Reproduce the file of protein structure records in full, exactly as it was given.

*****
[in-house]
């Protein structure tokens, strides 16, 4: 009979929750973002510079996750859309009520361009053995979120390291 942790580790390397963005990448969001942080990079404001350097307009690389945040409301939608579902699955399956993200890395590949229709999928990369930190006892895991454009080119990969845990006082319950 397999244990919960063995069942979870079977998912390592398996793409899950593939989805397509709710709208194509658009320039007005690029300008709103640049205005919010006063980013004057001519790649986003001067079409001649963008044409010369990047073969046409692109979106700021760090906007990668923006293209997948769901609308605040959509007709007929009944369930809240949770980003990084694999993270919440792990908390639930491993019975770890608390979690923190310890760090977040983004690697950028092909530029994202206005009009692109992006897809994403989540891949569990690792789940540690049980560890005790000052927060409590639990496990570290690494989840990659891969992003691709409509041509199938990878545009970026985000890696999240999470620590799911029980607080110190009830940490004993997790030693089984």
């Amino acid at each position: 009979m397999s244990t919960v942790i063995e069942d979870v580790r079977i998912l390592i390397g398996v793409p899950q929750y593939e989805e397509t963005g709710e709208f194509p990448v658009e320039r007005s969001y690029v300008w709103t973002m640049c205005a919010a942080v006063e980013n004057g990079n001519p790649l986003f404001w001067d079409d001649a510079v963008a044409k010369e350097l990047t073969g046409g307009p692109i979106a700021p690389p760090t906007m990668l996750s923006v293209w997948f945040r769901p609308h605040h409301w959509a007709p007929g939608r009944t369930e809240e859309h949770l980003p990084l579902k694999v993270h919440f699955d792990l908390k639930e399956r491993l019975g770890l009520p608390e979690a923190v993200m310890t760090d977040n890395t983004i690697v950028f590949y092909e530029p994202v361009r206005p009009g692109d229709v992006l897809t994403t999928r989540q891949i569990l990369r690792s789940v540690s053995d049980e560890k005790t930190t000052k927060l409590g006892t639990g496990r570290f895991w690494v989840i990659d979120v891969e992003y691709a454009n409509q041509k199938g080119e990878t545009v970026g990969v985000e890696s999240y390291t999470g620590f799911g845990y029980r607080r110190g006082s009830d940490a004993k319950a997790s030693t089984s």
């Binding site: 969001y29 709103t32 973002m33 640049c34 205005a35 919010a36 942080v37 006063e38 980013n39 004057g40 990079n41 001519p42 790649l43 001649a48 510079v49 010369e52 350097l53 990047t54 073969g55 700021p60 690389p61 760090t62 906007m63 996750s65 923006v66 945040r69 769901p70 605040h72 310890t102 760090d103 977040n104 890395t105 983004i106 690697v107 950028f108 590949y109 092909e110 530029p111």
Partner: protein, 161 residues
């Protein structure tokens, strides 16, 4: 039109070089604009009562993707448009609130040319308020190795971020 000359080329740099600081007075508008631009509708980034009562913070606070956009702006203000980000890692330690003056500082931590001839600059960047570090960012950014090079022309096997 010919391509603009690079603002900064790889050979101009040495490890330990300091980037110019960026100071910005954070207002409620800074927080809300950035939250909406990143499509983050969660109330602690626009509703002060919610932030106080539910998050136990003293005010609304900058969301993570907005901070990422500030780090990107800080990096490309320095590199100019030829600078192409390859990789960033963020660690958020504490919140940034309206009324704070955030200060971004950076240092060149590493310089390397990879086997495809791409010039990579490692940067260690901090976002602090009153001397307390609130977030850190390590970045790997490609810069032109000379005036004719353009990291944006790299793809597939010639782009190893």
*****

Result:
[in-house]
């Protein structure tokens, strides 16, 4: 009979929750973002510079996750859309009520361009053995979120390291 942790580790390397963005990448969001942080990079404001350097307009690389945040409301939608579902699955399956993200890395590949229709999928990369930190006892895991454009080119990969845990006082319950 397999244990919960063995069942979870079977998912390592398996793409899950593939989805397509709710709208194509658009320039007005690029300008709103640049205005919010006063980013004057001519790649986003001067079409001649963008044409010369990047073969046409692109979106700021760090906007990668923006293209997948769901609308605040959509007709007929009944369930809240949770980003990084694999993270919440792990908390639930491993019975770890608390979690923190310890760090977040983004690697950028092909530029994202206005009009692109992006897809994403989540891949569990690792789940540690049980560890005790000052927060409590639990496990570290690494989840990659891969992003691709409509041509199938990878545009970026985000890696999240999470620590799911029980607080110190009830940490004993997790030693089984």
């Amino acid at each position: 009979m397999s244990t919960v942790i063995e069942d979870v580790r079977i998912l390592i390397g398996v793409p899950q929750y593939e989805e397509t963005g709710e709208f194509p990448v658009e320039r007005s969001y690029v300008w709103t973002m640049c205005a919010a942080v006063e980013n004057g990079n001519p790649l986003f404001w001067d079409d001649a510079v963008a044409k010369e350097l990047t073969g046409g307009p692109i979106a700021p690389p760090t906007m990668l996750s923006v293209w997948f945040r769901p609308h605040h409301w959509a007709p007929g939608r009944t369930e809240e859309h949770l980003p990084l579902k694999v993270h919440f699955d792990l908390k639930e399956r491993l019975g770890l009520p608390e979690a923190v993200m310890t760090d977040n890395t983004i690697v950028f590949y092909e530029p994202v361009r206005p009009g692109d229709v992006l897809t994403t999928r989540q891949i569990l990369r690792s789940v540690s053995d049980e560890k005790t930190t000052k927060l409590g006892t639990g496990r570290f895991w690494v989840i990659d979120v891969e992003y691709a454009n409509q041509k199938g080119e990878t545009v970026g990969v985000e890696s999240y390291t999470g620590f799911g845990y029980r607080r110190g006082s009830d940490a004993k319950a997790s030693t089984s």
């Binding site: 969001y29 709103t32 973002m33 640049c34 205005a35 919010a36 942080v37 006063e38 980013n39 004057g40 990079n41 001519p42 790649l43 001649a48 510079v49 010369e52 350097l53 990047t54 073969g55 700021p60 690389p61 760090t62 906007m63 996750s65 923006v66 945040r69 769901p70 605040h72 310890t102 760090d103 977040n104 890395t105 983004i106 690697v107 950028f108 590949y109 092909e110 530029p111």
Partner: protein, 161 residues
């Protein structure tokens, strides 16, 4: 039109070089604009009562993707448009609130040319308020190795971020 000359080329740099600081007075508008631009509708980034009562913070606070956009702006203000980000890692330690003056500082931590001839600059960047570090960012950014090079022309096997 010919391509603009690079603002900064790889050979101009040495490890330990300091980037110019960026100071910005954070207002409620800074927080809300950035939250909406990143499509983050969660109330602690626009509703002060919610932030106080539910998050136990003293005010609304900058969301993570907005901070990422500030780090990107800080990096490309320095590199100019030829600078192409390859990789960033963020660690958020504490919140940034309206009324704070955030200060971004950076240092060149590493310089390397990879086997495809791409010039990579490692940067260690901090976002602090009153001397307390609130977030850190390590970045790997490609810069032109000379005036004719353009990291944006790299793809597939010639782009190893």